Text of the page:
Posted by Sara Fazio • July 13th, 2012
The rate of opioid analgesic overdose is proportional to the number of opioid prescriptions and the dose prescribed. A new review in our Drug Therapy series considers the epidemiology, mechanisms, and management of opioid analgesic overdose.
Opioid analgesic overdose is a preventable and potentially lethal condition that results from prescribing practices, inadequate understanding on the patient’s part of the risks of medication misuse, errors in drug administration, and pharmaceutical abuse. Between 1997 and 2007, prescriptions for opioid analgesics in the United States increased by 700%; the number of grams of methadone prescribed over the same period increased by more than 1200%.
• What are the clinical manifestations of opioid analgesic overdose?
Opioid analgesic overdose encompasses a range of clinical findings. Although the classic toxidrome of apnea, stupor, and miosis suggests the diagnosis of opioid toxicity, none of these findings are consistently present. The sine qua non of opioid intoxication is respiratory depression. Failure of oxygenation, defined as an oxygen saturation of less than 90% while the patient is breathing ambient air and with ventilation adequate to achieve normal ventilation, is often caused by pulmonary edema that becomes apparent later in the clinical course. Hypothermia may arise from a persistently unresponsive state in a cool environment or from misguided attempts by bystanders to reverse opioid intoxication by immersing a patient in cold water. In addition, persons who have been lying immobile in an opioid-induced stupor may be subject to rhabdomyolysis, myoglobinuric renal failure, and the C.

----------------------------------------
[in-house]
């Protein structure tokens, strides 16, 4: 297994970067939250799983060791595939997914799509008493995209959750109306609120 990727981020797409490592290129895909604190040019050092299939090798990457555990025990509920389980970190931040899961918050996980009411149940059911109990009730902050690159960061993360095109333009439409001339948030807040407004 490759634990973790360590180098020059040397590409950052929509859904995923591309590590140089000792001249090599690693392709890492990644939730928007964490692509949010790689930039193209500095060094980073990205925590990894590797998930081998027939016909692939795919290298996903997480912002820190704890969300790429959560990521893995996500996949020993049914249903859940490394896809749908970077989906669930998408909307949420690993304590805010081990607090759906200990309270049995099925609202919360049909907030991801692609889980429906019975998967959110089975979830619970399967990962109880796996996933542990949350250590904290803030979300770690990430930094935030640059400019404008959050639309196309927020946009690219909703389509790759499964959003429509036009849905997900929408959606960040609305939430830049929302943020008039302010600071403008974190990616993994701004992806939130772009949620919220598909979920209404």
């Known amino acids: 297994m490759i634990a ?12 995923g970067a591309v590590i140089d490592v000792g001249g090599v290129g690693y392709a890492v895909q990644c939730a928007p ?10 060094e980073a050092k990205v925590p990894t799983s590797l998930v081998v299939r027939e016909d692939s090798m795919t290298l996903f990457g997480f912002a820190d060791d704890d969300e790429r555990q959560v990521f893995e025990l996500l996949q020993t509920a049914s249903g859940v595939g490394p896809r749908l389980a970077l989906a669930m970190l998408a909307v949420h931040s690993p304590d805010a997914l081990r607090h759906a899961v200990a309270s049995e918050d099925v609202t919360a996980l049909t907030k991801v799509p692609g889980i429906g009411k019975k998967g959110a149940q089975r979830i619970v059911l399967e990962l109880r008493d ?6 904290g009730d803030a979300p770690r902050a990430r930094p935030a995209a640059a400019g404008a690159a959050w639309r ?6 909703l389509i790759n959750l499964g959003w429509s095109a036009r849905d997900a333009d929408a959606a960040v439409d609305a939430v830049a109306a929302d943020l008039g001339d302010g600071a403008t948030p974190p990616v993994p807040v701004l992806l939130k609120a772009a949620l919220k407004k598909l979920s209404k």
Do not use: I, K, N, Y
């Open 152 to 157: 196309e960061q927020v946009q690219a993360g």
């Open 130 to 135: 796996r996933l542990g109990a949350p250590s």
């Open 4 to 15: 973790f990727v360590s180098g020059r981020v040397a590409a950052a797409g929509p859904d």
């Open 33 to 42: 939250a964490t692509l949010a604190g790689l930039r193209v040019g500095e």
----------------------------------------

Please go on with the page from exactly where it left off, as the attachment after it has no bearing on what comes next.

• How does development of tolerance of respiratory depression compare to tolerance of analgesia?
Tolerance of respiratory depression appears to develop at a slower rate than analgesic tolerance; over time, this delayed tolerance narrows the therapeutic window, paradoxically placing patients with a long history of opioid use at increased risk for respiratory depression.
Morning Report Questions
Q: What laboratory tests should be ordered in cases of suspected opioid overdose?
A: The acetaminophen concentration should be measured in all patients because of the prevalence of diversion and misuse of acetaminophen-containing opioids. Clinicians often overlook acetaminophen hepatotoxicity. Quantitative measures of drug concentrations are useless in cases of overdose because patients who have been prescribed elevated doses of opioid analgesics may have therapeutic serum concentrations that greatly exceed laboratory reference ranges. Qualitative analyses of urine for drugs of abuse (toxic screens) rarely affect decisions about patient care and have little role in the emergency evaluation and management of opioid intoxication.
Q: How should opioid overdose be treated?
A: Naloxone, the antidote for opioid overdose, is a competitive mu opioid-receptor antagonist that reverses all signs of opioid intoxication. The onset of action is less than 2 minutes when naloxone is administered intravenously, and its apparent duration of action is 20 to 90 minutes, a much shorter period than that of many opioids. Dosing of naloxone is empirical. The effective dose depends on the amount of opioid analgesic the patient has taken or received, the relative affinity of naloxone for the mu opioid receptor and the opioid to be displaced, the patient’s weight, and the degree of penetrance of the opioid analgesic into the central nervous system. The initial dose of naloxone is 0.04 mg; if there is no response, the dose should be increased every 2 minutes to a maximum of 15 mg. If there is no abatement in respiratory depression after the administration of 15 mg of naloxone, it is unlikely that the cause of the depression is opioid verdose. Reversal of opioid analgesic toxicity after the administration of single doses of naloxone is often transient; recurrent respiratory depression is an indication for a continuous infusion or for orotracheal intubation.